But the cyclical nature of oscillatory systems makes it difficult to identify this functional set of parameters, even when using the most robust optimization routines. This is because the repetitive nature of these systems transforms the bowl into something that looks more like a mountain range, with many hills and valleys. This makes it more complicated and time-consuming to work your way toward accurate parameters.
Since these oscillatory systems present a problem for most optimization algorithms, Williams and NC State Ph.D. student Seyedbehzad Nabavi focused on developing methods that would manipulate the surface characteristics of the objective function itself. This new approach factors in the frequency of the concentrations within the system or how often each concentration is repeated to generate a new objective function that mitigates the impact of system oscillations.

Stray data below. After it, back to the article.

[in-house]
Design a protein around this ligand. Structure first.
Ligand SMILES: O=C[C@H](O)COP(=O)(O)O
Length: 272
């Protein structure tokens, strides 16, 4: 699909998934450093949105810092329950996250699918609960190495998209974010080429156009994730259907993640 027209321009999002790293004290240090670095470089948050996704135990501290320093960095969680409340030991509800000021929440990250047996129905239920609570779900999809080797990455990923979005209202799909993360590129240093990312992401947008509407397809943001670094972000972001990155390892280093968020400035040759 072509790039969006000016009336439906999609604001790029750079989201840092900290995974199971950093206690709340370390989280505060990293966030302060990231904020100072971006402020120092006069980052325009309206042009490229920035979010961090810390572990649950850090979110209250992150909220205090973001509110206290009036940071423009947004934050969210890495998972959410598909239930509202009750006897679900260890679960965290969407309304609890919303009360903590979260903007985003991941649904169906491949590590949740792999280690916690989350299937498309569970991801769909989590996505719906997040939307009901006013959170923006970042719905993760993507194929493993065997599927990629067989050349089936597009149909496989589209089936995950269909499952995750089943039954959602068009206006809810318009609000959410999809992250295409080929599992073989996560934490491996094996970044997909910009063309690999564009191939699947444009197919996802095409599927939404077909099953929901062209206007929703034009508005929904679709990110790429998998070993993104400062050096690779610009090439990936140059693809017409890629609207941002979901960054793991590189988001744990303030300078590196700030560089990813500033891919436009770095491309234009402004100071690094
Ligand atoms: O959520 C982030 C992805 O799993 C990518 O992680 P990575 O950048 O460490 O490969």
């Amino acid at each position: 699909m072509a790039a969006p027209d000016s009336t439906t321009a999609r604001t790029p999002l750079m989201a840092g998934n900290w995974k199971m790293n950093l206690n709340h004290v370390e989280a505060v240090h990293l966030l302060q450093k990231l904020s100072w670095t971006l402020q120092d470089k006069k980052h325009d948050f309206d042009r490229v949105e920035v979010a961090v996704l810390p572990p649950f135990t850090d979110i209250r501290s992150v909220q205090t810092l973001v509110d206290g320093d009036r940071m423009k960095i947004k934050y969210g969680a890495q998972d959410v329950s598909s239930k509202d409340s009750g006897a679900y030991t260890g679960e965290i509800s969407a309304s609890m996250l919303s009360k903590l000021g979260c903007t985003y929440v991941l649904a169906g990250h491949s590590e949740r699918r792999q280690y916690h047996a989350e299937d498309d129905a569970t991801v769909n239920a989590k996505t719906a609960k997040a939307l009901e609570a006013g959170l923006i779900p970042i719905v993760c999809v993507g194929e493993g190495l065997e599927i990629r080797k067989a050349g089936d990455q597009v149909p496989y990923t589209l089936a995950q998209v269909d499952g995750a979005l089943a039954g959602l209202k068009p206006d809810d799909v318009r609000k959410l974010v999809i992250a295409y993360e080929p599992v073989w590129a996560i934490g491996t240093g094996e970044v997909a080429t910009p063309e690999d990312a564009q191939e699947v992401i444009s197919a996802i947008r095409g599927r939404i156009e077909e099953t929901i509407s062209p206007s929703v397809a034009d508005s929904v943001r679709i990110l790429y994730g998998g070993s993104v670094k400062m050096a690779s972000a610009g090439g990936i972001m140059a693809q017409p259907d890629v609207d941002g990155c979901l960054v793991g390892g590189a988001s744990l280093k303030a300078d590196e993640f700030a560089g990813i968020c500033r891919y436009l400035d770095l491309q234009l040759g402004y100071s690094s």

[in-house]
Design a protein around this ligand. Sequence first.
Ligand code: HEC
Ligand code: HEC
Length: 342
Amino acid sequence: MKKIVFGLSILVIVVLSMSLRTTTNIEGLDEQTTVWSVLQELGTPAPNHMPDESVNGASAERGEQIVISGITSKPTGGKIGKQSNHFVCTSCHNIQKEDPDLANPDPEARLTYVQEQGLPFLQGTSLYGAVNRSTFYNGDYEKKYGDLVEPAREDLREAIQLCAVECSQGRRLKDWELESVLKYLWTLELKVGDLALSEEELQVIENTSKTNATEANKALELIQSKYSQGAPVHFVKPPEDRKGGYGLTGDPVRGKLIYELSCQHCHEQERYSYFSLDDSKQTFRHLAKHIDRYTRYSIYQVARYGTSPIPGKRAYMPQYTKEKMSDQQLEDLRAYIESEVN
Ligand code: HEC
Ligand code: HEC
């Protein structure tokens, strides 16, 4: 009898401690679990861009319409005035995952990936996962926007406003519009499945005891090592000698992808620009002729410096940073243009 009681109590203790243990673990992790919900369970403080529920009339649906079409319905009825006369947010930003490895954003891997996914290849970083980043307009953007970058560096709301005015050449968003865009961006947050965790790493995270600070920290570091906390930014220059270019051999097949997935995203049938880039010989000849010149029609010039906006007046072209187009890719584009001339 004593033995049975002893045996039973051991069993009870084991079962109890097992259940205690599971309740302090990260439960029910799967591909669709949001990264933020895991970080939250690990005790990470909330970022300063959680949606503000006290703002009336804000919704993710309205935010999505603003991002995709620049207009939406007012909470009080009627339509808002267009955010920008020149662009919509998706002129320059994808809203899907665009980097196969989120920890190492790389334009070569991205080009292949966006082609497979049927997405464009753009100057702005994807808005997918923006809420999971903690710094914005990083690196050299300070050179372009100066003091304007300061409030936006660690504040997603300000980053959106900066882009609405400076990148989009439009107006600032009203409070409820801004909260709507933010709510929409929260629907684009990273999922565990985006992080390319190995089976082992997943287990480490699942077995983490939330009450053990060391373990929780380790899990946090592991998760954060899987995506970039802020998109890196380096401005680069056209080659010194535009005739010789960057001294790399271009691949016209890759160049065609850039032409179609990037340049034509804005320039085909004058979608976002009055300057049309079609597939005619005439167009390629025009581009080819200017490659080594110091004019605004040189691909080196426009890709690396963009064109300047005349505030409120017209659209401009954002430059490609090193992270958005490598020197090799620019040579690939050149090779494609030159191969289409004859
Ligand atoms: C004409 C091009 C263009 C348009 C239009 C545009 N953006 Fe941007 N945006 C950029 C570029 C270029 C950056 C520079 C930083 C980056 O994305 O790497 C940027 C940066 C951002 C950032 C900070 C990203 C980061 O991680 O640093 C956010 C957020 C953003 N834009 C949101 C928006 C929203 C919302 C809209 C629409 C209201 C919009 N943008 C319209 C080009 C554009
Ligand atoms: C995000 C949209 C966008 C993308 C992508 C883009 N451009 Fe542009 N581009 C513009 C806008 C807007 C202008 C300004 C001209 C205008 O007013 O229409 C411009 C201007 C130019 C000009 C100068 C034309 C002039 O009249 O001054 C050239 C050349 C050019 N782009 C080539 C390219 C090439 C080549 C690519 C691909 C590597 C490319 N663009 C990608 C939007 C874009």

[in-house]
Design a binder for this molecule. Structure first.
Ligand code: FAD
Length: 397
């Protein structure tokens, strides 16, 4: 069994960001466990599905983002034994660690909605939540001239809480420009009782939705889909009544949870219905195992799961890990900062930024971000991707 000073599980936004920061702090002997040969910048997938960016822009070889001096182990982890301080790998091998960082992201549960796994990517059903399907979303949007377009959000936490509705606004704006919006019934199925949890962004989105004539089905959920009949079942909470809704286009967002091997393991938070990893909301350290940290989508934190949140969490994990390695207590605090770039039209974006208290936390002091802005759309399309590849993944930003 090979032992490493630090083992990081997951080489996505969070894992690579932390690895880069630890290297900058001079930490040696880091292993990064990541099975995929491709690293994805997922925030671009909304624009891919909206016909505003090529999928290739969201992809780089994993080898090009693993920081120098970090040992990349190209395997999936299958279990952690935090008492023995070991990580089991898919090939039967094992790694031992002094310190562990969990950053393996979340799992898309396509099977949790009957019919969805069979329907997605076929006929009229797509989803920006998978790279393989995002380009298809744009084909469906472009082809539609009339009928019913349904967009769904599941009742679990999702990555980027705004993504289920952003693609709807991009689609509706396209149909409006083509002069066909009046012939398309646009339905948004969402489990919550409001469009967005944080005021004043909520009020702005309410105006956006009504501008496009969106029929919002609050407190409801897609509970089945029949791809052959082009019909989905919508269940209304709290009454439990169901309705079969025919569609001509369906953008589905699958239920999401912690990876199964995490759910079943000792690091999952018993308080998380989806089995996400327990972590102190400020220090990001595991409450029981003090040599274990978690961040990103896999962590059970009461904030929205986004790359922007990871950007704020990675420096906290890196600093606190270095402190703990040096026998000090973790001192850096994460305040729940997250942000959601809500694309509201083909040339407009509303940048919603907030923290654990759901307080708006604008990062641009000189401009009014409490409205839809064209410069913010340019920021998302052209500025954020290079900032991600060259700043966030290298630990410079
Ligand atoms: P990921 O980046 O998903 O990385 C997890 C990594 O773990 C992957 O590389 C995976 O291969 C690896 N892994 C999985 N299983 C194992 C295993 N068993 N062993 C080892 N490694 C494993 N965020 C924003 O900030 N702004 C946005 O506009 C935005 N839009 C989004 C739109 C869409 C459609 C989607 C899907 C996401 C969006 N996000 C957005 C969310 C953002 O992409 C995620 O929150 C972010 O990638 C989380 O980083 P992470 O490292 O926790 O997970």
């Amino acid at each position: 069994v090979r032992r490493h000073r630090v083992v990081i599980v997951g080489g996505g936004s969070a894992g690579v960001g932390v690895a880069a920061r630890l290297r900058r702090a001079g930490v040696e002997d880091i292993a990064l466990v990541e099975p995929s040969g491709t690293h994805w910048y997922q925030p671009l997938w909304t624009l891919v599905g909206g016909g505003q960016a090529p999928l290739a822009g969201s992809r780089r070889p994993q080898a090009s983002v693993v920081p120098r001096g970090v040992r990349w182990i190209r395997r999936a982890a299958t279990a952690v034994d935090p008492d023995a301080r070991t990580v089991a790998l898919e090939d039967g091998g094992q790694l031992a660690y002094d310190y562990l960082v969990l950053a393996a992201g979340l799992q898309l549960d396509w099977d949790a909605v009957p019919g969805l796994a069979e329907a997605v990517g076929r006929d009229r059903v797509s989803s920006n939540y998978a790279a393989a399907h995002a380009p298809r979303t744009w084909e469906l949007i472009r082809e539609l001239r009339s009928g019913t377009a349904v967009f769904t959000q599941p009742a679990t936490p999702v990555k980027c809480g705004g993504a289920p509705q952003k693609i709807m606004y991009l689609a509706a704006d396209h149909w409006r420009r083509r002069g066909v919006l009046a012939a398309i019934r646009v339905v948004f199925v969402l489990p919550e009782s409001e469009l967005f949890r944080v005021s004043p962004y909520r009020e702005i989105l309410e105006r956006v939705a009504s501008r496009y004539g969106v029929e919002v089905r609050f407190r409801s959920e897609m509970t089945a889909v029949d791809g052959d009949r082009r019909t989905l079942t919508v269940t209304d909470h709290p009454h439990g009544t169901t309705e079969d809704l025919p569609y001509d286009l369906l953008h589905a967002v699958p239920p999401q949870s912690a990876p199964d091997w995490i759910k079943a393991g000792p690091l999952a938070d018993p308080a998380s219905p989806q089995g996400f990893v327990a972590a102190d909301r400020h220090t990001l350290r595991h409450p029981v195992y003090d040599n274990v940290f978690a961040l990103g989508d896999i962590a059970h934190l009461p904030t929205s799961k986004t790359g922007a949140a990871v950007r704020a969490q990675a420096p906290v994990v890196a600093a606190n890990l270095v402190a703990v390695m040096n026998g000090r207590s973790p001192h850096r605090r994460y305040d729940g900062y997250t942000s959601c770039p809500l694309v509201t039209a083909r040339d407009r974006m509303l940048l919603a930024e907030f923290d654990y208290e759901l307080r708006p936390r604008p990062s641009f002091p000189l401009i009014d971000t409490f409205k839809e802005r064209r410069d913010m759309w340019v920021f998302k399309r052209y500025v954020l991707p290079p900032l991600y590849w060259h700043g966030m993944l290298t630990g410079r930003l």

"By generating a new objective function that factors in the frequency of the system oscillations, we are able to eliminate many of the hills and valleys, resulting in a surface with the same optimal point, but that is easier to search," Williams says. "This makes it easier for optimization routines to identify a functional working set of parameters that can then be used to predict the activity of the modeled system."
The paper, "A Novel Cost Function for Parameters Estimation in Oscillatory Biochemical Systems," will be presented at the
|Contact: Matt Shipman|
North Carolina State University